Nationalists often quote this JFK's famous phrase, "Ask not what your country can do for you. Ask what you can do for your country."
But libertarians consider this quote as immoral, even fascistic, on the basis that the country (or state or government) should not tell what free individuals should do. Read Milton Friedman's opening remarks in 'Capitalism and Freedom.' Another Friedman, Milton's son David, went further in his 'Guide to Radical Capitalism' by declaring, "Ask not what your country can do for you. Ask what it can't." The basis of his statement is of course the concept of negative freedom.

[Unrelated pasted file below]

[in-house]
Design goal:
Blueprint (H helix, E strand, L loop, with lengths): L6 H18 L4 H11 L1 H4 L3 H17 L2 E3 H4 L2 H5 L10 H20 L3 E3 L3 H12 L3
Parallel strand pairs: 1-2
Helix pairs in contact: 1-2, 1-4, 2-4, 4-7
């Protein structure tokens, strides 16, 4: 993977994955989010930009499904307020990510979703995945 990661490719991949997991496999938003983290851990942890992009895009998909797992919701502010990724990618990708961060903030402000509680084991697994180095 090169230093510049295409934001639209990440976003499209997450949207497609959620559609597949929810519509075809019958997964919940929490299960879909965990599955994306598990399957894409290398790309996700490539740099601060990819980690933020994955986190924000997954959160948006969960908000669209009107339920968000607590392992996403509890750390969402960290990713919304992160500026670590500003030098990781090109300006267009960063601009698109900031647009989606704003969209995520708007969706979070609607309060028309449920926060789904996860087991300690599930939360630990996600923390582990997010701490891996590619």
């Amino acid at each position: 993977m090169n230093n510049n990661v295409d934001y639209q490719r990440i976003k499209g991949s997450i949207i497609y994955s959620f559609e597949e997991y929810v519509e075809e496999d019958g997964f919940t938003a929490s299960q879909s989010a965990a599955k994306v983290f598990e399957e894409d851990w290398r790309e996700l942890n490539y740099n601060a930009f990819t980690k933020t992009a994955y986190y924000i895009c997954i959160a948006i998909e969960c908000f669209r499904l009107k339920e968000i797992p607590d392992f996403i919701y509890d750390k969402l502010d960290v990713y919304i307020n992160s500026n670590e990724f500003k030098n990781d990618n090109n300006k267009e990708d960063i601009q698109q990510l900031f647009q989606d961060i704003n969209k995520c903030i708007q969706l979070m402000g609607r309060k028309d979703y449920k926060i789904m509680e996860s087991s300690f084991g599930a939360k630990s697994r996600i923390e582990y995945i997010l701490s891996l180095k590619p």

Proponents of welfare state also disagree on the "Ask not what your country can do" part. Instead, they would say, "Ask what you country must do," on the basis that the country (state or government) has certain inherent obligations to its citizens. (Ironically, in the US political tradition, they are the ones called 'liberals').
For development and institutional economists, the correct question will be "Ask what your country should do, and make sure it does it correctly; and ask what your country should not do, not on the basis of ideology but on the basis of efficiency and opportunity cost principles."